Archives: The Co-founder of the Un-named Fellowship
Dr. Bob Smith
Bob Smith was born and raised in St. Johnsbury, Vermont, to Susan A. Holbrook and Walter Perrin Smith. His parents took him to religious services four times a week, and in response he determined he would never attend religious services when he grew up.
Bob began drinking in college. Early on he noticed that he could recover from drinking bouts quicker and easier than his classmates. He never had headaches, which caused him to believe he was an alcoholic from the time he began drinking. After graduation from Dartmouth College in 1902, he worked for three years selling hardware in Boston, Chicago, and Montreal and continued drinking heavily.
Bob Smith wanted to be a doctor. He somehow managed to persuade his family to let him pursue that aim. In the fall of 1905, when he was 26 years old, he entered the University of Michigan as a premedical student. By this time drinking had begun to affect him to the point where he began missing classes. His drinking caused him to leave school, but he returned and passed his examinations for his sophomore year. The Dean had had enough of Bob’s drinking escapades and recommended his transfer. Years later this experience would help Dr. Bob to recommending very bad chronic alcoholics over to Ypsilanti State Hospital.
He transferred to Rush Medical College, but his alcoholism worsened to the point that his father was summoned to try to halt his downward trajectory. But his drinking increased and after a dismal showing during final examinations, the university required that he remain for two extra quarters and remain sober during that time as a condition of graduating.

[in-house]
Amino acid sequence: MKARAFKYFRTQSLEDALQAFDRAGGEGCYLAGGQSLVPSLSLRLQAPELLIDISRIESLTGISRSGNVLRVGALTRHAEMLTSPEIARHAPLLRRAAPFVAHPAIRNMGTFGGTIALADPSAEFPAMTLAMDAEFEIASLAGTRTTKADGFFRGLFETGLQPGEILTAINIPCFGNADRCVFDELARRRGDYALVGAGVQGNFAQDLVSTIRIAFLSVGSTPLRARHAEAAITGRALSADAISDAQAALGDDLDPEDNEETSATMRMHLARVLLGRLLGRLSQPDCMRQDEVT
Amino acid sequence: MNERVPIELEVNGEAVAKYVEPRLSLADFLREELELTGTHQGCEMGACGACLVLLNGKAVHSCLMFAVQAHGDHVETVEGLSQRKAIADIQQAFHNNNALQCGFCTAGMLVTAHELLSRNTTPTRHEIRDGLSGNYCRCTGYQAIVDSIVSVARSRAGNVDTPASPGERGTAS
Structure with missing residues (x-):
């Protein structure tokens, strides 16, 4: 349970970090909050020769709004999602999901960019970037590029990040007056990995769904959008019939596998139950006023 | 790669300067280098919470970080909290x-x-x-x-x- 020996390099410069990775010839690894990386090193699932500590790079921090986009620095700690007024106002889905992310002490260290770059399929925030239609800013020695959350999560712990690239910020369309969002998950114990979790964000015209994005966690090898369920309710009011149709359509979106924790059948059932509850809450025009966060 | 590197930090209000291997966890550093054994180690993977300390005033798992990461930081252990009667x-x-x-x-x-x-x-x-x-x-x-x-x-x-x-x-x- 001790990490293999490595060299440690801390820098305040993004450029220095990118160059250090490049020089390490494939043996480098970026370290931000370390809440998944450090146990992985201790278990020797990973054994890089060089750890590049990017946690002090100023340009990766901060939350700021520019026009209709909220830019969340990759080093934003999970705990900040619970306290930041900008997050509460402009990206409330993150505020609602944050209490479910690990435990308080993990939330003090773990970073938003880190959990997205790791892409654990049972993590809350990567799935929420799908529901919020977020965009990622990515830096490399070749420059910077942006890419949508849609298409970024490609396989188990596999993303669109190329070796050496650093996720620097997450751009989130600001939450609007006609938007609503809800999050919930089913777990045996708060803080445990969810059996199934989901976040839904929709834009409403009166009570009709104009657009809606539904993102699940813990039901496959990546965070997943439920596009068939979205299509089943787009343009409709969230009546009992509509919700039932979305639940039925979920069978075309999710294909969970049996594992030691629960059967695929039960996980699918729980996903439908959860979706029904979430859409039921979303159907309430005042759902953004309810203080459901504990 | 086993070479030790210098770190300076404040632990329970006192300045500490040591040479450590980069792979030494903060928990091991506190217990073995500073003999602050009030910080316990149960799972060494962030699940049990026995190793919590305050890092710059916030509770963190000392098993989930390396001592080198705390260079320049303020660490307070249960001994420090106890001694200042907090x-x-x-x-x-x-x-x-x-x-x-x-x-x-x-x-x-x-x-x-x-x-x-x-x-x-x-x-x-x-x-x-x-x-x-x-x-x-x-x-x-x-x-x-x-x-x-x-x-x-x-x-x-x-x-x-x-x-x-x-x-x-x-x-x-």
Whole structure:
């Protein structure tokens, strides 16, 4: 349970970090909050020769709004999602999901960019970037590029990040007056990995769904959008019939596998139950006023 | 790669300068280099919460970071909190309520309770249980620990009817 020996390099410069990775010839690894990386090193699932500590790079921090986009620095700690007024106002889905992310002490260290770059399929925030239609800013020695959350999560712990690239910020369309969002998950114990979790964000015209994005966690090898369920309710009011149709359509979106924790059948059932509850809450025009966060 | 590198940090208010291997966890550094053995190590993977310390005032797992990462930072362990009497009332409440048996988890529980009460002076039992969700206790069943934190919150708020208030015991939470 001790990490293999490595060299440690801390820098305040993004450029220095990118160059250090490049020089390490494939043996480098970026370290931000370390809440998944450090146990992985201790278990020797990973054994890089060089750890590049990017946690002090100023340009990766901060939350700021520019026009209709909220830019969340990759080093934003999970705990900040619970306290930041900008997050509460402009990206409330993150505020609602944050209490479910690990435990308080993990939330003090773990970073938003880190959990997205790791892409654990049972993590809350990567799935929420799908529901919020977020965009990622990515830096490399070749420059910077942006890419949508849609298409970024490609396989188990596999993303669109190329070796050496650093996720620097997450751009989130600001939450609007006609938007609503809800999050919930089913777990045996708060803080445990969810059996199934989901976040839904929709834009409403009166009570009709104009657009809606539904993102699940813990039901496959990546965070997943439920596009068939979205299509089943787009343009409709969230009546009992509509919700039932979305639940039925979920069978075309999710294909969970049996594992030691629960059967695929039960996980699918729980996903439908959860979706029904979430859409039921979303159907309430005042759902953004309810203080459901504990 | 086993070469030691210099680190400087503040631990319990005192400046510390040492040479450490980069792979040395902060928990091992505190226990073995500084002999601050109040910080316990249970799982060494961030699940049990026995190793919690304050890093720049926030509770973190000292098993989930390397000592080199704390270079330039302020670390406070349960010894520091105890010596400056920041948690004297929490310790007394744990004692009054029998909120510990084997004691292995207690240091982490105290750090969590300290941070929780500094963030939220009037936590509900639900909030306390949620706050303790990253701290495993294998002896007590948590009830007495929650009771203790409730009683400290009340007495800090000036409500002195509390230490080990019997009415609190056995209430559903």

After graduation Dr. Bob Smith became a hospital intern and for two years he was able to stay busy enough to refrain from heavy drinking. He married Anne Robinson Ripley on January 25, 1915, and opened up his own office in Akron, Ohio, specializing in colorectal surgery and returned to heavy drinking. Recognizing his problem, he checked himself into more than a dozen hospitals and sanitariums in an effort to stop his drinking. He was encouraged by the passage of Prohibition in 1919, but soon discovered that the exemption for medicinal alcohol and bootleggers could supply more than enough to continue his excessive drinking. For the next 17 years his life revolved around how to subvert his wife’s efforts to stop his drinking and obtain the alcohol he craved while trying to hold together a medical practice in order to support his family and his drinking.
In January 1933, Anne Smith attended a lecture by Frank Buchman, the founder of the Oxford Group. For the next two years she and Dr. Bob Smith attended local meeting of the group in an effort to solve his alcoholism, but recovery eluded him until he met Bill Wilson on May 13, 1935. Bill, an alcoholic who had learned how to stay sober by helping other alcoholics through the Oxford Group in New York, was in Akron on business that had proven unsuccessful and he was in fear of relapsing. Recognizing the danger, he made inquiries about any local alcoholics he could talk to and was referred to Smith by Henrietta Seiberling, one of the leaders of the Akron Oxford Group. After talking to Bill Wilson, Dr. Bob stopped drinking and invited Bill to stay at his home. He relapsed almost a month later while attending a professional convention in Atlantic City. Returning to Akron on June 9, he was given a few drinks by Bill Wilson to avoid delirium tremens. He drank one beer the next morning to settle his nerves so he could perform an operation, which proved to be the last drink he would ever take. The date, June 10, 1935, is celebrated as the anniversary of the founding of Alcoholics Anonymous.
226 People Through Akron, OH Home of Dr. Bob & Anne
(Partial List of Michigan people)
|C., Dr. C.D.||408 Ellery, Jackson, MI||-?-|
|G., James P.||730 E Division St., Cadillac, MI||-?-|
|McC., Leroy||765 Converse, Detroit, MI||Alcoholic|
|Benson, Elmer||860 Taylor, Detroit, MI||Non-Alcoholic|
|R., Phil||1126 Edison, Detroit, MI||-?-|
- References: AA Comes of Age; Dr. Bob And The Good Old-timers; Wikipedia
- © 2013 by Bill T, Archivist, General Service of Southeastern Michigan, Area 33
- For further information:email@example.com